With the exception of a handful of realized yoga masters, saints, and mystics, everyone experiences the impure mind every moment of every day. The impure mind traps us in a world of distorted mental constructs. These mental constructs inform our personality that lead to our actions.  Self-identity can mean all the ways that we recognize ourselves as being separate from others. There are as many ways to express our separateness as there are people on the planet. I am a woman. I am a man. I am transgender. I am black. I am white. I am Mexican. I am...

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Atha 2021

     The Yoga Sutras written by Patanjali begins with the Sanskrit word, atha.  The literal translation means “now,” but it really conveys more than that. It marks an auspicious beginning. The new year marks a new beginning. Coming on the heels of 2020, the year 2021 becomes that much more more meaningful.

     The first line of the Yoga Sutras states, Atha yogānuśāsanam.  This can be  translated as “Now, the teachings of yoga begin.” Some may have no interest in such teachings, but for those who wish to unravel the composition of our being from the grossest physical level  to the most subtle energetic, and mental levels let this atha be your invocation. Stand with attention to this invocation lest the teachings slip by you. 

     Here, too, “atha 2021” so that the year does not just slip by.  2020 got our attention and all moments should not be left unnoticed either...

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Beyond Asana Practice: Which Type of Yoga Methodology Suits You?

Unlike how yoga is usually portrayed today in the West, traditional yoga dating back thousands of years consists of a vast array of methodologies. Yoga is not just about holding the body in contorted postures. For those who say that they cannot do yoga because their bodies are not “flexible”, think again. If you can breathe, then you can do yoga. Not only can yoga adapt itself to the physical needs of the practitioner, but yoga is so much more than holding postures. Yoga is for the purpose of expanded self-awareness not about putting your body in 108 body postures. Although the movement of the body through postures can be one way toward greater self-awareness, it can also be a trap to narrow the field of awareness if the ego tends to brag and grasp to a certain image.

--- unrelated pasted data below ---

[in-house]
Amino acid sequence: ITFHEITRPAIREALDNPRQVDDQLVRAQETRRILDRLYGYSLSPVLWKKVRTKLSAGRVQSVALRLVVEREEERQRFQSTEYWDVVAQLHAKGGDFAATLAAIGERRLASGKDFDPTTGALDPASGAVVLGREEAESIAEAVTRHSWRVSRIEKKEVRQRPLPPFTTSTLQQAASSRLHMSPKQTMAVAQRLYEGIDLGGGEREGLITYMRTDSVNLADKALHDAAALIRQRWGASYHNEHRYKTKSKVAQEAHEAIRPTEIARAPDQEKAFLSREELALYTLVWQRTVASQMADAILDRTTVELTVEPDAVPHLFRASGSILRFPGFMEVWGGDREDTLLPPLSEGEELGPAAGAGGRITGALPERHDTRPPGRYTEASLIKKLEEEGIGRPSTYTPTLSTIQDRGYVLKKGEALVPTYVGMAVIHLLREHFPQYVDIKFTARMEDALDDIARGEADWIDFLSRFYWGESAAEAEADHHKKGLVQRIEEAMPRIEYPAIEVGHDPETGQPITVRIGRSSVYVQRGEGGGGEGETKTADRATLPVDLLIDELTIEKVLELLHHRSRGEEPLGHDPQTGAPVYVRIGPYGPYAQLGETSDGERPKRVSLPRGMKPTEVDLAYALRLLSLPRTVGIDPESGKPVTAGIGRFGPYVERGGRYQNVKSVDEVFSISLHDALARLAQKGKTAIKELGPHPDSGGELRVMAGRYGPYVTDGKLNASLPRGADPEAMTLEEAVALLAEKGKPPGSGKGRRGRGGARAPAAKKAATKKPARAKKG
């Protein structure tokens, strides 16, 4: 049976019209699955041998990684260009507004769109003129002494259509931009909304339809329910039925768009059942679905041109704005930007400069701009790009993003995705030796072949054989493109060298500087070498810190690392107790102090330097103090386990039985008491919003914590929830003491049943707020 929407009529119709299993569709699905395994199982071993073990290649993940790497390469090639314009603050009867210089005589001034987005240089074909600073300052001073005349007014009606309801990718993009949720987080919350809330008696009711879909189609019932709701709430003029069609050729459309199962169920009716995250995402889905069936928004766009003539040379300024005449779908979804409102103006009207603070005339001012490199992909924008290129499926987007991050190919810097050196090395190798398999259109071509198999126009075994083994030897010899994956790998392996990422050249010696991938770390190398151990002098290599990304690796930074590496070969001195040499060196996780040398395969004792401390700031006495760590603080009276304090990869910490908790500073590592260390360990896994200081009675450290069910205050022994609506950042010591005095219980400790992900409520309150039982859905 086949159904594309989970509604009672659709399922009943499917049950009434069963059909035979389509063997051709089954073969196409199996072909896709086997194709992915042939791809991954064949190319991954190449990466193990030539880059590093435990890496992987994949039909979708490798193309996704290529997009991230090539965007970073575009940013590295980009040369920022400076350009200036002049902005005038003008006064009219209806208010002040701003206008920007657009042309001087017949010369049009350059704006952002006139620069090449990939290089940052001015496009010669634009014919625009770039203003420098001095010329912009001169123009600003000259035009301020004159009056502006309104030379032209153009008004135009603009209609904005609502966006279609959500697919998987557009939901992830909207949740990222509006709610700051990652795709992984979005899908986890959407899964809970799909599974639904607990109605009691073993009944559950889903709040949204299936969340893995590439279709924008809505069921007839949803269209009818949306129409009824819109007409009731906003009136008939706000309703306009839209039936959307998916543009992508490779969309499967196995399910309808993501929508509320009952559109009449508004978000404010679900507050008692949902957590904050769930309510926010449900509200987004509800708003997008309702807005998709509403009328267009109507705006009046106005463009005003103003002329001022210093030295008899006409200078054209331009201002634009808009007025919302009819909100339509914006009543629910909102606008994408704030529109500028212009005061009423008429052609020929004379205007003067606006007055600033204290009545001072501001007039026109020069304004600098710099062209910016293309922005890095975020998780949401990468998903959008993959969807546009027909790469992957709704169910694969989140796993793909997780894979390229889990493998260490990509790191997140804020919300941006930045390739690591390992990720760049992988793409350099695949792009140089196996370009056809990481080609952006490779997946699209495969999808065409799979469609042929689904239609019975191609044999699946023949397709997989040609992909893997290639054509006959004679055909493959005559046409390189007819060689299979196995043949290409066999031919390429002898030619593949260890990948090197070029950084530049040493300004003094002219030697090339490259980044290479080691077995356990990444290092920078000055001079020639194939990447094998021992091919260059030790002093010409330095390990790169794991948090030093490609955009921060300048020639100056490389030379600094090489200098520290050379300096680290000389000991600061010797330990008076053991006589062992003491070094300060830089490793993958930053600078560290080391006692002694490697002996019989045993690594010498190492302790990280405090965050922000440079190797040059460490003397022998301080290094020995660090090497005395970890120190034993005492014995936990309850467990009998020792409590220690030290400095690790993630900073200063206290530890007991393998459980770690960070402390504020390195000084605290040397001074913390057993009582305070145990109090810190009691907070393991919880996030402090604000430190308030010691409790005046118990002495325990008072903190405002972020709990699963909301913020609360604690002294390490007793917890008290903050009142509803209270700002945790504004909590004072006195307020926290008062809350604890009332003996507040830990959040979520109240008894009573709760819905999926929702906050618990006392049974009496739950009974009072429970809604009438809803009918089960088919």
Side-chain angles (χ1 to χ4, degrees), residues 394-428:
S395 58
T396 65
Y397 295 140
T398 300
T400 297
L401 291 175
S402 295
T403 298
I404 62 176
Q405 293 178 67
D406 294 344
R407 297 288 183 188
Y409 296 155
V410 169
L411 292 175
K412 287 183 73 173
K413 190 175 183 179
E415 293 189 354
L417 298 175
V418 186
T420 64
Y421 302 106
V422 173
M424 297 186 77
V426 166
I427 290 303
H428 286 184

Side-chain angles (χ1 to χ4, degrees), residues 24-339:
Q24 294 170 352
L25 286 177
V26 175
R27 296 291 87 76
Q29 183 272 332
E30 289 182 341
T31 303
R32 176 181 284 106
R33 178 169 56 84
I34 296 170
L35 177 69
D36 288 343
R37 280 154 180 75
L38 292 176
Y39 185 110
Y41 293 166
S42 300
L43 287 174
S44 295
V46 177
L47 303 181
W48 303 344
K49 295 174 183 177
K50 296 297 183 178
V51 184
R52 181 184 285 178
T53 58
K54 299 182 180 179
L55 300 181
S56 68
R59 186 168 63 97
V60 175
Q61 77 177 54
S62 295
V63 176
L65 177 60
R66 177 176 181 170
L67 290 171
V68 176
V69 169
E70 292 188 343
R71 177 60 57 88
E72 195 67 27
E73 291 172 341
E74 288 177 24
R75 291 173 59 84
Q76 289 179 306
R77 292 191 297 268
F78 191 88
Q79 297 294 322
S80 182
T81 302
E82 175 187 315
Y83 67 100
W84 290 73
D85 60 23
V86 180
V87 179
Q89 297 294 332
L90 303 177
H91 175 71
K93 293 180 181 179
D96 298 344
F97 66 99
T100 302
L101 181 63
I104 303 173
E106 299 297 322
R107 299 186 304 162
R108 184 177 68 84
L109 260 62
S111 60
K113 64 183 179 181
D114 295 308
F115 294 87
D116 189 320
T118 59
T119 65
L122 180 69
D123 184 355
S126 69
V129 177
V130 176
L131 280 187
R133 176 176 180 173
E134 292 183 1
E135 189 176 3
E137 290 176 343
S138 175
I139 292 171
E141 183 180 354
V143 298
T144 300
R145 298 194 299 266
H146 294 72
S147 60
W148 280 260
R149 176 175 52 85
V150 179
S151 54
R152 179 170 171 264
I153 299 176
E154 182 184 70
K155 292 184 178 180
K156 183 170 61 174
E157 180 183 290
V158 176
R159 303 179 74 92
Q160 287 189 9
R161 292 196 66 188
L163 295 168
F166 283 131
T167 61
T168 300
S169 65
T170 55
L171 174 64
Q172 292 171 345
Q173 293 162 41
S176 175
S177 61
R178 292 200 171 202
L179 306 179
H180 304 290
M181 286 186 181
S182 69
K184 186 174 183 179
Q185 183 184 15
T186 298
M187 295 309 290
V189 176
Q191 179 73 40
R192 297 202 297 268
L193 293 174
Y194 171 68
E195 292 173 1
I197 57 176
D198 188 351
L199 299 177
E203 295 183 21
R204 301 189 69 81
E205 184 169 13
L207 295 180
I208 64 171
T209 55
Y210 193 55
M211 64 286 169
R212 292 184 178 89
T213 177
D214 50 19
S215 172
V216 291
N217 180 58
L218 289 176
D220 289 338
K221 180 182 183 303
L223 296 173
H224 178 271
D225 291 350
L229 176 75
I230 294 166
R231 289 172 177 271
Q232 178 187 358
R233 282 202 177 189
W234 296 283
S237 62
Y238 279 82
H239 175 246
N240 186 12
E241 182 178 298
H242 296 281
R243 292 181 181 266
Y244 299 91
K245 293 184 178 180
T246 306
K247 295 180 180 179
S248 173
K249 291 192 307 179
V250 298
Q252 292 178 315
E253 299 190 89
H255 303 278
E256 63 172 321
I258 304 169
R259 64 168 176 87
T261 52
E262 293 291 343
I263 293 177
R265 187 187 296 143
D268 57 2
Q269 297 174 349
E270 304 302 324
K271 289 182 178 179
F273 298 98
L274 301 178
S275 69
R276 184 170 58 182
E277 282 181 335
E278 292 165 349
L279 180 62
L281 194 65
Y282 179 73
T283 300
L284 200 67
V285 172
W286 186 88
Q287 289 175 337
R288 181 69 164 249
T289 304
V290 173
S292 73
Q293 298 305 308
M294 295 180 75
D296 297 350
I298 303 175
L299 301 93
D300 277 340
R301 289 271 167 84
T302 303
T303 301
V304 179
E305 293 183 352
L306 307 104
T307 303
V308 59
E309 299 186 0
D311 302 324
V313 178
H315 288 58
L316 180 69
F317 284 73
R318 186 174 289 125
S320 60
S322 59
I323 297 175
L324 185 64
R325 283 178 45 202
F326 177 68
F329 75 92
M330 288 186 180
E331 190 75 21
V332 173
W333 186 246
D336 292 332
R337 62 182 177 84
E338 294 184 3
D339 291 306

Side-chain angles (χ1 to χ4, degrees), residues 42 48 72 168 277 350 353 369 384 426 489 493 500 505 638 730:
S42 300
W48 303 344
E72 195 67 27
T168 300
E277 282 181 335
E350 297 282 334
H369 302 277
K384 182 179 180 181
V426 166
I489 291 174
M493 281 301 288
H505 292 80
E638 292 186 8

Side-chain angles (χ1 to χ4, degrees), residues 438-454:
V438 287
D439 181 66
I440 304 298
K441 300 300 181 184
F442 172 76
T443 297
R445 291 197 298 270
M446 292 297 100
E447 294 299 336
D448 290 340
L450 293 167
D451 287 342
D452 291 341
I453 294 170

Yoga is designed as a personal existential exploration. Through the diligent and mindful application of any of the different modalities offered by yoga, the understanding of true reality is revealed. The...

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What Is Yoga?

What is Yoga?

Yoga is often defined by the root word “yuj” which in Sanskrit means “to join”.  The same origin as the word, yoke.  This is ultimately the union of polarities - that of the physical and the spiritual - that which constantly changes and that which is eternal.  In the words of BKS Iyengar, “Yoga is the union of the body with the mind and of the mind with the soul.”   This union elevates the person from the torrents of the mundane existence into the higher consciousness. In the state of  Yoga, one maintains a steadiness of mind and achieves a greater perspective on reality.   This experience of union can arise spontaneously in a few individuals but most of us need the methodology provided by Yoga. 

To reap the benefits of  Yoga as a means for transformation one must undertake the practices with a strong intention of commitment, uninterrupted persistence, and dedication. The Yoga Sutras of...